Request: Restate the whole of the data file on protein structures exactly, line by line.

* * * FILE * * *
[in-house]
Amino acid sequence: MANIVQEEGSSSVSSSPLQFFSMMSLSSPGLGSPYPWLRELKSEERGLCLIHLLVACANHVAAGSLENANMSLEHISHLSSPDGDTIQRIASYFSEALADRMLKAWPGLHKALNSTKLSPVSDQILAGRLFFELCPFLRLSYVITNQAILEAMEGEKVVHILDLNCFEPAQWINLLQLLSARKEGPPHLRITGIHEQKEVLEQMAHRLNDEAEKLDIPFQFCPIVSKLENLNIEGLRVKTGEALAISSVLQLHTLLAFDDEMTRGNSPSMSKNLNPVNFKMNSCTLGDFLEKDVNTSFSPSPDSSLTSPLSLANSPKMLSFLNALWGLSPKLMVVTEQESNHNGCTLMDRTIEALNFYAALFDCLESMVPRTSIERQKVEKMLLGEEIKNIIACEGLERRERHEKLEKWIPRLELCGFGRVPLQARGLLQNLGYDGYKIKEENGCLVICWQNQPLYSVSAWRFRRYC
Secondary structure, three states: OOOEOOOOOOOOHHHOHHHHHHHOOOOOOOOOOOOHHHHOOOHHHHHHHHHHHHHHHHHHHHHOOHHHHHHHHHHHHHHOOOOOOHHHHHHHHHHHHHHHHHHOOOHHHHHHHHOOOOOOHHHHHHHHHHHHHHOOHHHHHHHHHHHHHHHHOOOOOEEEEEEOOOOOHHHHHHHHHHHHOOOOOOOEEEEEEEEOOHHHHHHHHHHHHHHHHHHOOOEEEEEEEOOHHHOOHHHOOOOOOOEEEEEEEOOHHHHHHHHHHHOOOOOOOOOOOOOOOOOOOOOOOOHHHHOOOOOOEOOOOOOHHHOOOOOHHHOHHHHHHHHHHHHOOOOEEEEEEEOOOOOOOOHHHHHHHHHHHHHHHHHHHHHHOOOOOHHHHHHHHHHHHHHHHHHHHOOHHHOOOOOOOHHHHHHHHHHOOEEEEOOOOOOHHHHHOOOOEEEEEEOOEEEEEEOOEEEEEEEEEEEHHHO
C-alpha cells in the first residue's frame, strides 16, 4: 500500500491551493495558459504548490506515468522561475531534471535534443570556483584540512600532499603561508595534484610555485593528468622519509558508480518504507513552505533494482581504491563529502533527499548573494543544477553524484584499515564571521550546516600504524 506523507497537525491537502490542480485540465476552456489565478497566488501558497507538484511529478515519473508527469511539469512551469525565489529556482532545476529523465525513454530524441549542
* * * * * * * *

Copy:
[in-house]
Amino acid sequence: MANIVQEEGSSSVSSSPLQFFSMMSLSSPGLGSPYPWLRELKSEERGLCLIHLLVACANHVAAGSLENANMSLEHISHLSSPDGDTIQRIASYFSEALADRMLKAWPGLHKALNSTKLSPVSDQILAGRLFFELCPFLRLSYVITNQAILEAMEGEKVVHILDLNCFEPAQWINLLQLLSARKEGPPHLRITGIHEQKEVLEQMAHRLNDEAEKLDIPFQFCPIVSKLENLNIEGLRVKTGEALAISSVLQLHTLLAFDDEMTRGNSPSMSKNLNPVNFKMNSCTLGDFLEKDVNTSFSPSPDSSLTSPLSLANSPKMLSFLNALWGLSPKLMVVTEQESNHNGCTLMDRTIEALNFYAALFDCLESMVPRTSIERQKVEKMLLGEEIKNIIACEGLERRERHEKLEKWIPRLELCGFGRVPLQARGLLQNLGYDGYKIKEENGCLVICWQNQPLYSVSAWRFRRYC
Secondary structure, three states: OOOEOOOOOOOOHHHOHHHHHHHOOOOOOOOOOOOHHHHOOOHHHHHHHHHHHHHHHHHHHHHOOHHHHHHHHHHHHHHOOOOOOHHHHHHHHHHHHHHHHHHOOOHHHHHHHHOOOOOOHHHHHHHHHHHHHHOOHHHHHHHHHHHHHHHHOOOOOEEEEEEOOOOOHHHHHHHHHHHHOOOOOOOEEEEEEEEOOHHHHHHHHHHHHHHHHHHOOOEEEEEEEOOHHHOOHHHOOOOOOOEEEEEEEOOHHHHHHHHHHHOOOOOOOOOOOOOOOOOOOOOOOOHHHHOOOOOOEOOOOOOHHHOOOOOHHHOHHHHHHHHHHHHOOOOEEEEEEEOOOOOOOOHHHHHHHHHHHHHHHHHHHHHHOOOOOHHHHHHHHHHHHHHHHHHHHOOHHHOOOOOOOHHHHHHHHHHOOEEEEOOOOOOHHHHHOOOOEEEEEEOOEEEEEEOOEEEEEEEEEEEHHHO
C-alpha cells in the first residue's frame, strides 16, 4: 500500500491551493495558459504548490506515468522561475531534471535534443570556483584540512600532499603561508595534484610555485593528468622519509558508480518504507513552505533494482581504491563529502533527499548573494543544477553524484584499515564571521550546516600504524 506523507497537525491537502490542480485540465476552456489565478497566488501558497507538484511529478515519473508527469511539469512551469525565489529556482532545476529523465525513454530524441549542